In the blues world, it is not uncommon for another member of the community to secure a grave marker. Janis Joplin ensured her mentor's grave had a headstone, 33 years after the passing of the Empress of The Blues, Bessie Smith. The DBS started this project in 1997, ensuring Son House had a Headstone, believing "Proper recognition of deceased Detroit Blues greats is vital to teach history and to keep the music alive through remembrances."

The Detroit Blues Society received the Best Blues Society Award in 2006. Further information on the fundraisers, direct contributions for the Headstones and membership are available at their website, myspace or through the DBS Headstone Project Coordinator at

Sunday, February 28, 2010

BMA - Hours Remain To Cast Votes

Blues fans, and conceivably more so the artists, wait with anticipation for the announcement of the coveted Blues Music Awards. With less than 24 hours remaining to vote in the The Blues Foundation's 31st Blues Music Awards, members are encouraged to vote before Monday, March 1, 2010 at 07:59:59.  Non-current members may sign up and then vote.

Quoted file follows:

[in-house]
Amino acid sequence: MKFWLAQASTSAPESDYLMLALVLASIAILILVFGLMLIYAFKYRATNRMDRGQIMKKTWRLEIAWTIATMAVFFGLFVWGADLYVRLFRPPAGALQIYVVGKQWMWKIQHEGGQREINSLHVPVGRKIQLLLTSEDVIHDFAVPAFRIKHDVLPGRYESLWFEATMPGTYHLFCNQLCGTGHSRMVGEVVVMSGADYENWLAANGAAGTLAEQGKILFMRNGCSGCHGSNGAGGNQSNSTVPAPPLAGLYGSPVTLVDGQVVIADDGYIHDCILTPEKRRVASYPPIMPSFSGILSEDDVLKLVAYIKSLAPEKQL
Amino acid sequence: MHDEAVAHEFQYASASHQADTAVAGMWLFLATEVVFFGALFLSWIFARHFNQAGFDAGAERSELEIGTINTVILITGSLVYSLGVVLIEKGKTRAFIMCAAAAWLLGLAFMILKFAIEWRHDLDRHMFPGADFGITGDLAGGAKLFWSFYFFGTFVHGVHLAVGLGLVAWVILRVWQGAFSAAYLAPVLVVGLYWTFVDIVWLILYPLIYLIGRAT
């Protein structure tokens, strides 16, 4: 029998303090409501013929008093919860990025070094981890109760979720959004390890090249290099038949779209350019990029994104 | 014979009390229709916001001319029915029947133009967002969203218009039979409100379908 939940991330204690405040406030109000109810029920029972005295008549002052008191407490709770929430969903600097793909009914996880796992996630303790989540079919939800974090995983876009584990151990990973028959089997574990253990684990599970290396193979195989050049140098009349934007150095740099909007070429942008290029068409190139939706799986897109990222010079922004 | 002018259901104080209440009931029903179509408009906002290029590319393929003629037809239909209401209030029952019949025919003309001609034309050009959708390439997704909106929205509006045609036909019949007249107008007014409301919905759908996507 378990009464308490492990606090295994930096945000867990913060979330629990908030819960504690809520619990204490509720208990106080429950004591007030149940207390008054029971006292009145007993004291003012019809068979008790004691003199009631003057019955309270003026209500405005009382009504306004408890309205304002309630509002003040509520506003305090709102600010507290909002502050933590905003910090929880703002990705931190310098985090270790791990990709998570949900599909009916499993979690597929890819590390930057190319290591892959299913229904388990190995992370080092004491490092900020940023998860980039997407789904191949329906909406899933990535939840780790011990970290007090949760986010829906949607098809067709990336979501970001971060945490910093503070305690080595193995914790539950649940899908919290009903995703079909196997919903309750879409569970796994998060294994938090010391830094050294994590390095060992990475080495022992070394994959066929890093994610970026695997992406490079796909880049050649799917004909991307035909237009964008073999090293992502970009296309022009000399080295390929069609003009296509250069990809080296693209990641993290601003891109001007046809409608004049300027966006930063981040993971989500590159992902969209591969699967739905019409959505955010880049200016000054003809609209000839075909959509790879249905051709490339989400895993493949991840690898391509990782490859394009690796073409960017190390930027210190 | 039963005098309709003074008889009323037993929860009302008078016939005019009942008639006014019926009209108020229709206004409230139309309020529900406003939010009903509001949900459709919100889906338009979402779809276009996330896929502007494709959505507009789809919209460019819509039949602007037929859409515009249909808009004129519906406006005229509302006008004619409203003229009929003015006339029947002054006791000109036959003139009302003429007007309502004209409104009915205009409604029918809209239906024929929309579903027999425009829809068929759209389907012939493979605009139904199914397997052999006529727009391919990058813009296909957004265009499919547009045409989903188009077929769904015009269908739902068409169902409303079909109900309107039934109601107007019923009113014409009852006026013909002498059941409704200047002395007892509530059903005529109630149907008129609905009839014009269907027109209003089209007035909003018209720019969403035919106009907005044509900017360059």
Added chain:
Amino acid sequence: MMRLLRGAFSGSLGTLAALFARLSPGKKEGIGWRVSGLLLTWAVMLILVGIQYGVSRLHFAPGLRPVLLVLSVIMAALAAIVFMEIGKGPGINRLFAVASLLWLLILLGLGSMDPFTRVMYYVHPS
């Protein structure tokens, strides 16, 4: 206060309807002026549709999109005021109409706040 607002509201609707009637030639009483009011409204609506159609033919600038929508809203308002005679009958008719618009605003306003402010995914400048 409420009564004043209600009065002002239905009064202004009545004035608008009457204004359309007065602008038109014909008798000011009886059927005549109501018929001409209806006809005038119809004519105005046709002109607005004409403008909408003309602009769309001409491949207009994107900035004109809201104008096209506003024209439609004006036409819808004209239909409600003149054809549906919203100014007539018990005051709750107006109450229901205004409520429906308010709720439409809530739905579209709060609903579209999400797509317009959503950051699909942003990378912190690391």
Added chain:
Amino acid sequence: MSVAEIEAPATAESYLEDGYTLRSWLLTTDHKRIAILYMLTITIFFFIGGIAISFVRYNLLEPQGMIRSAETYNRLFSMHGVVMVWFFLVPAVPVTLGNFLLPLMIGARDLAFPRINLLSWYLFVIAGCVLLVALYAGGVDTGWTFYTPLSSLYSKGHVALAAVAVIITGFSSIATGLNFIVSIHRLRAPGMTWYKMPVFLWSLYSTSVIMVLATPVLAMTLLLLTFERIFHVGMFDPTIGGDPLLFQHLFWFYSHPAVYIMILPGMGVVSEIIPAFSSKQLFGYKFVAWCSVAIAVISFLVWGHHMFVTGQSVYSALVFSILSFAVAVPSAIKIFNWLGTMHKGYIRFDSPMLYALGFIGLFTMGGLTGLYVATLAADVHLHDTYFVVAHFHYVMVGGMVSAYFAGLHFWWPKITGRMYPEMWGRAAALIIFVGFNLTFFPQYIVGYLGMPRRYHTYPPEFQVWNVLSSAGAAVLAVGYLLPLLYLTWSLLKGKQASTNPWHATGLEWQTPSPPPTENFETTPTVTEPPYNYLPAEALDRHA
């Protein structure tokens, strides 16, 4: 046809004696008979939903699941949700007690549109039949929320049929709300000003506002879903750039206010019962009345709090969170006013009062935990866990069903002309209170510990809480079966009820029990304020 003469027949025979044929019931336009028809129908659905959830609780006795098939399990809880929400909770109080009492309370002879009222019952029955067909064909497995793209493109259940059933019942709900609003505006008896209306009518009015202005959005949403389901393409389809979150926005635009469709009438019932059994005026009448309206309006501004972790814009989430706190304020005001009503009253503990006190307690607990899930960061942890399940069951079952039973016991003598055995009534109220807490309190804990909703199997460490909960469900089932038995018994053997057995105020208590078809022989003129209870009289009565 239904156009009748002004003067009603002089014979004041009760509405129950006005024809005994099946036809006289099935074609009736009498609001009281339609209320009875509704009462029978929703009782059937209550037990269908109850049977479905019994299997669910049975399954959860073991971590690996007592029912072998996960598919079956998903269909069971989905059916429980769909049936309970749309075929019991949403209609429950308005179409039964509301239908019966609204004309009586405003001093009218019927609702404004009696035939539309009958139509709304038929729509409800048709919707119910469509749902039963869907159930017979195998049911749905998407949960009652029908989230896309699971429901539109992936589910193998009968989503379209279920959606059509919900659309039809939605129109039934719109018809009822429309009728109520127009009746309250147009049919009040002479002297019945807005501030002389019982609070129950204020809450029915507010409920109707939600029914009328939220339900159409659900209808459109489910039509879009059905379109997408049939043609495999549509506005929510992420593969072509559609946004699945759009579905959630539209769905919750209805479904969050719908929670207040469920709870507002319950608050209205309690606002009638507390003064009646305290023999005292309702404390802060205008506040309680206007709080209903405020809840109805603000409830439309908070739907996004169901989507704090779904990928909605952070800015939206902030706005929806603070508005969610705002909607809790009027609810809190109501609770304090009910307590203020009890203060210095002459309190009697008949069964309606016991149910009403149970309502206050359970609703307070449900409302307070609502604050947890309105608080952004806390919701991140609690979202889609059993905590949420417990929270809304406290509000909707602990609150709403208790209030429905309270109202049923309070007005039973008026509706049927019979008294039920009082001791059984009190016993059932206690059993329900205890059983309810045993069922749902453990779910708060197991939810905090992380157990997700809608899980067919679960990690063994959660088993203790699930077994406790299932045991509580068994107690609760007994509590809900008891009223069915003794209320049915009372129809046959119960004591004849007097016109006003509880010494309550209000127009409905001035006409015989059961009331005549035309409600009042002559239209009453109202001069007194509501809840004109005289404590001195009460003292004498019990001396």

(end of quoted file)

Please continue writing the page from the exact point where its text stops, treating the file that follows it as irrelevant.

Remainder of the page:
What is one more vote?  Often the deciding factor.  Joe Whitmer, in a gentle nudge email reminder to procrastinating members, stated that in the past, categories had been decided by as little as 10 votes.  As The Blues Music Awards are  "Universally recognized as the highest honor given to Blues artists," many feel voting is not only a right, but a responsibility as well.